Cubs

Holy cow: Cubs advance to World Series for first time since 1945

Holy cow: Cubs advance to World Series for first time since 1945

The Cubs are going to the World Series.

Yes, you read that right.

The Cubs are going to the World Series.

The Curse of the Billy Goat is broken. 

The 71-year drought is over. 

The truly once-in-a-lifetime moment has finally come to Chicago.

Holy cow.

The Cubs punched their ticket to the promised land with a 5-0 victory over the Los Angeles Dodgers and the Best Pitcher on the Planet in front of 42,386 fans in the most euphoric moment in Wrigley Field's history.

"Being from Illinois, there's so many people - my family members included, friends that I grew up with - that right now are just glued to this, getting a chance to experience something that hasn't happened in their lifetime," said Ben Zobrist, a native of Eureka, Ill. "I couldn't be happier to be a part of it."

Theo Epstein's vision is one step closer to coming to fruition.

"History doesn't really weigh on this club," Epstein said before Saturday's Game 6. "Just trying to win tonight's game. 

"These guys - a lot of them are in their early 20s and they're not burdened by that stuff. The organization isn't. It's just about trying to win and keeping it simple."

[SHOP: Buy a "Try Not to Suck" shirt with proceeds benefiting Joe Maddon's Respect 90 Foundation & other Cubs Charities]

The Cubs drew first blood off Clayton Kershaw, keeping with the tradition of the team that scores first winning the game in this National League Championship Series.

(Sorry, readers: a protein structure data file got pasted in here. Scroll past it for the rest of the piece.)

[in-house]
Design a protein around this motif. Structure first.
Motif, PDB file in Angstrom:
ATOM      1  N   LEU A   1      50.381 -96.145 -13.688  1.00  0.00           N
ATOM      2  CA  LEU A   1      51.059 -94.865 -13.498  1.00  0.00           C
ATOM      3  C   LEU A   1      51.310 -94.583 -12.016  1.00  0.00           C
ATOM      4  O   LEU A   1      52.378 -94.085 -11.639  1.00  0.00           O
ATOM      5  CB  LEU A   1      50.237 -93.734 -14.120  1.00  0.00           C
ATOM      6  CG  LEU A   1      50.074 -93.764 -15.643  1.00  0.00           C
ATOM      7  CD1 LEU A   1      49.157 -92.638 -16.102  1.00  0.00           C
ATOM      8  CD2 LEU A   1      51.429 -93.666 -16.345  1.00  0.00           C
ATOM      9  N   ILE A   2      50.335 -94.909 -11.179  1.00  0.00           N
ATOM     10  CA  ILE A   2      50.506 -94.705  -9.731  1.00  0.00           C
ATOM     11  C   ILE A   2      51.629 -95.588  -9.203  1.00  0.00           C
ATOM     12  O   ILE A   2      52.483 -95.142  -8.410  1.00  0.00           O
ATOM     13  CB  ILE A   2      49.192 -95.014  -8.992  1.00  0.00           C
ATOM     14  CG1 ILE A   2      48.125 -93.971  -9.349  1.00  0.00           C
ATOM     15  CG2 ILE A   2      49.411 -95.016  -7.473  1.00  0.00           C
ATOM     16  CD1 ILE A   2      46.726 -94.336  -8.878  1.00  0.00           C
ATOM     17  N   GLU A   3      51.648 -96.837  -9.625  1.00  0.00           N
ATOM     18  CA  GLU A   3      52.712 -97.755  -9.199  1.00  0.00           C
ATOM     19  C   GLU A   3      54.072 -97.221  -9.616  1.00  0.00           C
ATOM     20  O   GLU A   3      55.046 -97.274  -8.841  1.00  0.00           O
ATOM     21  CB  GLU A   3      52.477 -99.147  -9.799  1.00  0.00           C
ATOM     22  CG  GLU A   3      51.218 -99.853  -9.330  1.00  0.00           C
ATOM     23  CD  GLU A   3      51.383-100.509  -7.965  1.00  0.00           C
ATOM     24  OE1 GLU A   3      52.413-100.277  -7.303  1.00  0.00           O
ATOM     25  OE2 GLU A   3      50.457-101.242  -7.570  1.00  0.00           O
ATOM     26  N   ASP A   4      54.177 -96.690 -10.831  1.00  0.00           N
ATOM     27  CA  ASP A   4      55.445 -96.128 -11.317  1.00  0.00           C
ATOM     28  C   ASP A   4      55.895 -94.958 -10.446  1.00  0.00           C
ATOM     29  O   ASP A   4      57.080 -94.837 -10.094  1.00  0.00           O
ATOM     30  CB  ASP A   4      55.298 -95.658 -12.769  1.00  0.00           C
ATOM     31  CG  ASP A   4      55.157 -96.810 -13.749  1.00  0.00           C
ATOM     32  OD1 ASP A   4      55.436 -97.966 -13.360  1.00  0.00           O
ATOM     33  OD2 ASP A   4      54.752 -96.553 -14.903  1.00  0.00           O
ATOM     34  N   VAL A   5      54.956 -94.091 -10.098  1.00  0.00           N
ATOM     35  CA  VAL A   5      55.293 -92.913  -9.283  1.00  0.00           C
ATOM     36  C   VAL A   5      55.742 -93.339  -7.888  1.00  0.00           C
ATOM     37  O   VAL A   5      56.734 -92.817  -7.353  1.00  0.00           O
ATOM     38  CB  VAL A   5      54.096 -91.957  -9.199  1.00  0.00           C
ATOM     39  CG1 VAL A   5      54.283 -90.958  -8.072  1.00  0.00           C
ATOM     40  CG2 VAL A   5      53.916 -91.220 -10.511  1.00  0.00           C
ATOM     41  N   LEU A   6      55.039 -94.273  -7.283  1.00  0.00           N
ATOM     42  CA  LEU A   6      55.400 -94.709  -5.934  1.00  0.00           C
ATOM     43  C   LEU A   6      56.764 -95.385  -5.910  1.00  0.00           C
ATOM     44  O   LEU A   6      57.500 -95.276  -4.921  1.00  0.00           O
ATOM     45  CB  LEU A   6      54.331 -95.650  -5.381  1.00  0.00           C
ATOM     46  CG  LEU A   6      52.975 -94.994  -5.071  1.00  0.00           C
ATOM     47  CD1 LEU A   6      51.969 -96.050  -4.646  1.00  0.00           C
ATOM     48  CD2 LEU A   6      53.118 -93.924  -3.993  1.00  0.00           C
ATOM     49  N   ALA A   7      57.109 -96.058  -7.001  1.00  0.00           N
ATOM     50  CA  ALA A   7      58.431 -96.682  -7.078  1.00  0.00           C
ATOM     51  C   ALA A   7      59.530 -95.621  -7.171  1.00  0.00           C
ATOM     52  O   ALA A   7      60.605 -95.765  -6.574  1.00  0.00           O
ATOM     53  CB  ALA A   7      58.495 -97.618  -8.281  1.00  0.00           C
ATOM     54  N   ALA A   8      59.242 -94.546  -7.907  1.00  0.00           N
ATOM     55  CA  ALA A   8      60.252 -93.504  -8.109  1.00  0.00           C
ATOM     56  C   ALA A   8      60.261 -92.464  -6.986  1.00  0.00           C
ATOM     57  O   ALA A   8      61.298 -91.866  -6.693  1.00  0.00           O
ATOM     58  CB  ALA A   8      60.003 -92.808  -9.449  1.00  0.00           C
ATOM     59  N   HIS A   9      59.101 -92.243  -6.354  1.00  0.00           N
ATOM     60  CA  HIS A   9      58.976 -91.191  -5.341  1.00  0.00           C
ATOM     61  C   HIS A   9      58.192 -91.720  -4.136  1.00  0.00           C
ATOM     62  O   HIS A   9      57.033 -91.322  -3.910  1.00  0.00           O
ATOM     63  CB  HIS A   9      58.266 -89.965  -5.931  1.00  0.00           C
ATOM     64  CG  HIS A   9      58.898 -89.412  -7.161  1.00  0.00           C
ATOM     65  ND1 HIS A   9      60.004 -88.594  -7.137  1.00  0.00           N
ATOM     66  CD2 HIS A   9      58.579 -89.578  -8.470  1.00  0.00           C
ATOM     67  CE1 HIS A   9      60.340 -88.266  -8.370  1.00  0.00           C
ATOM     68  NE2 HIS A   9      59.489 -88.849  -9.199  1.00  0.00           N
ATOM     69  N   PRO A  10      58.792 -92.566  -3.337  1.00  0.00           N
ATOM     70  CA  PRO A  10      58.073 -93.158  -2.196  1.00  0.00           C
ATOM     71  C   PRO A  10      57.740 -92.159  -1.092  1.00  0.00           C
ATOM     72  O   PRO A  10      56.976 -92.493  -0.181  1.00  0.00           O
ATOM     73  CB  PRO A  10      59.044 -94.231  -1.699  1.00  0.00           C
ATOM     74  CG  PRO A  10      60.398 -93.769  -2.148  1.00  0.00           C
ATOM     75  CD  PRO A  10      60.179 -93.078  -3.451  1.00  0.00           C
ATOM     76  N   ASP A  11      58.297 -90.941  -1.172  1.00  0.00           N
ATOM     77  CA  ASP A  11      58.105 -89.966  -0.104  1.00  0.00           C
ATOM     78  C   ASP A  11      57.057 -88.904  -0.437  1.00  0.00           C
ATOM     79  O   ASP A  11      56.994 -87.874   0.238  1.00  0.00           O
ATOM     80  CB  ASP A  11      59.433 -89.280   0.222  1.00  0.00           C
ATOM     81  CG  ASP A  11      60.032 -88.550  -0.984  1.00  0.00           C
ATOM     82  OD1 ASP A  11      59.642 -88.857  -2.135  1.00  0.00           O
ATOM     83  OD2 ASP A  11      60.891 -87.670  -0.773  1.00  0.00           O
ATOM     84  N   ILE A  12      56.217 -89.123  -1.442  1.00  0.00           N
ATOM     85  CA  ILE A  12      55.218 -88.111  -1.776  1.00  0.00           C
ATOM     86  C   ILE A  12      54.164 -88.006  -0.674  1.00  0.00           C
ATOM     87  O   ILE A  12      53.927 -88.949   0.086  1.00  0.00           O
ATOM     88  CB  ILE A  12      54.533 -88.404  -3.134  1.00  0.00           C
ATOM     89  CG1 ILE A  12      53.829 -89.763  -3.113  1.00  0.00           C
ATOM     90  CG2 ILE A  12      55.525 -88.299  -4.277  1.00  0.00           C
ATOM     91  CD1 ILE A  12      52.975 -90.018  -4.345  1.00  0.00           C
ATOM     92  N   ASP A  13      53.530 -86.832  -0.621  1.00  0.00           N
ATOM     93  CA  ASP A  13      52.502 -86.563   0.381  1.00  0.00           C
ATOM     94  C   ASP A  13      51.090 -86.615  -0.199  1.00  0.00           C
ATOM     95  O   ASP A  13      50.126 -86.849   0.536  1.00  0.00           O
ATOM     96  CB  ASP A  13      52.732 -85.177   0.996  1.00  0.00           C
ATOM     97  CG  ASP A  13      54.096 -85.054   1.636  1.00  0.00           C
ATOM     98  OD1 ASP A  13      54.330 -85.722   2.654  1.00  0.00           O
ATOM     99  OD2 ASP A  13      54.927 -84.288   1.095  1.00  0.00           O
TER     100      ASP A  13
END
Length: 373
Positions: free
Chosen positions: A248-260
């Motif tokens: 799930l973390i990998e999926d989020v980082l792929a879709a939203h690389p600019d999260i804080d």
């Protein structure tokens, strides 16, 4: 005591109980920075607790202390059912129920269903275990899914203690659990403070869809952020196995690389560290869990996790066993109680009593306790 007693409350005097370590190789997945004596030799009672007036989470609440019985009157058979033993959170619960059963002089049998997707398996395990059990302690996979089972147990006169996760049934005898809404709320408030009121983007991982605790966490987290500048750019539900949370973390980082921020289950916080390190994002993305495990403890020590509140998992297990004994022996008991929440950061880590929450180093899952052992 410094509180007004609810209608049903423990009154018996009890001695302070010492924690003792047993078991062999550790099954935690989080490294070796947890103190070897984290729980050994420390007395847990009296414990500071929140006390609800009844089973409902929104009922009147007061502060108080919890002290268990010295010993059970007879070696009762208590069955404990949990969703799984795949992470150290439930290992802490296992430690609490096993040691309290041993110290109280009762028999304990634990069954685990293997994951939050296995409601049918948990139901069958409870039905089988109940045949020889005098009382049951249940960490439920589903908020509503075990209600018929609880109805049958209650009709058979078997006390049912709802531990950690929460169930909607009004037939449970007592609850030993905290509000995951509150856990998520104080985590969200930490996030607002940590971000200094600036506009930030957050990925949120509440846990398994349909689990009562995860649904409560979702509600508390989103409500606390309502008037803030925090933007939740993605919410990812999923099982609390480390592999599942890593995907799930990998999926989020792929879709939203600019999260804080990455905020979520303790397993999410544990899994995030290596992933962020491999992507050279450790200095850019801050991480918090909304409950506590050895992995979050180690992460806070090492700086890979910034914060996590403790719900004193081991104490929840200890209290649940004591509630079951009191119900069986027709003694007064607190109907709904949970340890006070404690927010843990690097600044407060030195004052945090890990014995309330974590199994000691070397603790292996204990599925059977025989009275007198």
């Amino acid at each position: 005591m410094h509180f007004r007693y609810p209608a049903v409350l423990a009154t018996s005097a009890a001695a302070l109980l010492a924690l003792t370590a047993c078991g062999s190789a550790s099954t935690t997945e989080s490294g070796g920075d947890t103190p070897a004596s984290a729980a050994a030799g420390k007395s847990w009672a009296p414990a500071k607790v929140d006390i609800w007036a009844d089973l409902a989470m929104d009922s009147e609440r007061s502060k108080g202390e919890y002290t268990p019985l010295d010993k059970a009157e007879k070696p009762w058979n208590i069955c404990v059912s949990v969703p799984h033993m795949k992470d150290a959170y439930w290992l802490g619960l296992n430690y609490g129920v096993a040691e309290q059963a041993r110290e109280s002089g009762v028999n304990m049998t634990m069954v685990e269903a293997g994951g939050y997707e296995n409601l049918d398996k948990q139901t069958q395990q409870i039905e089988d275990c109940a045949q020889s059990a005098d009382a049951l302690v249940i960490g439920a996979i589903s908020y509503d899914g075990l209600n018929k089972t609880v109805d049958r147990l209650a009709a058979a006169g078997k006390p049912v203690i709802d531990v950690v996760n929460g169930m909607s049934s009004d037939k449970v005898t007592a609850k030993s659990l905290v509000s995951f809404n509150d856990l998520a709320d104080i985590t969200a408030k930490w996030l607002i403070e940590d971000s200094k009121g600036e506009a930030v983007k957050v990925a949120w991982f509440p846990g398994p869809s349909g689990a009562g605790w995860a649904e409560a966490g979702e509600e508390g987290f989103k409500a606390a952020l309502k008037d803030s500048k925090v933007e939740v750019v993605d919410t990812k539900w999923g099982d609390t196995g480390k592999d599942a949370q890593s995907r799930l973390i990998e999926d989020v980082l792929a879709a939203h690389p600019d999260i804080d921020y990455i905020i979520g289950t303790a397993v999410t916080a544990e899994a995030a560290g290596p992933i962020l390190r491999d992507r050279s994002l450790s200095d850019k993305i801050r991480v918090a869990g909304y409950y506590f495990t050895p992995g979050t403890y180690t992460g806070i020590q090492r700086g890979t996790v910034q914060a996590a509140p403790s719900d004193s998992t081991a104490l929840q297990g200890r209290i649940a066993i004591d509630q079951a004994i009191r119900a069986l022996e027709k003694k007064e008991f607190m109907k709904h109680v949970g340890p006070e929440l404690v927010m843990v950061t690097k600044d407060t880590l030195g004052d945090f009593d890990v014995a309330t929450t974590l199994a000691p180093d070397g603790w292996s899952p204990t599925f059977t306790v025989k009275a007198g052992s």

After waiting until two outs in the fifth of Kershaw's Game 2 start to get their first baserunner, the Cubs jumped on him early as Dexter Fowler laced the third pitch down the right field line for a leadoff double.

Kris Bryant followed with an RBI single and then Andrew Toles dropped Anthony Rizzo's fly ball in left field and just like that, the Cubs were up 1-0 and had runners on second and third with nobody out.

Ben Zobrist drilled a sac fly to center field and the Cubs moved to the second with a critical two-run lead.

From there, they added on with a Fowler RBI single in the second, a Willson Contreras homer in the fourth and then a Rizzo solo blast in the fifth.

Kershaw allowed only two singles to the Cubs in seven shutout innings in Game 2, but lasted just five innings in the NLCS clincher, surrendering five runs (four earned) on seven hits.

The Cubs felt they let too many good pitches go by in the early count in the previous Kershaw start, so they vowed to be more aggressive this time around and it paid off.

Kyle Hendricks was brilliant on the mound, allowing only two hits in 7.1 shutout innings. He struck out six, didn't walk a batter and was so dominant, the Wrigley crowd actually booed Joe Maddon when the manager came out to make a pitching change and call for closer Aroldis Chapman.

After getting shut out in back-to-back games and going down 2-1 in the series, the Cubs battled back and scored 23 runs over the final three games to punch a ticket to the World Series.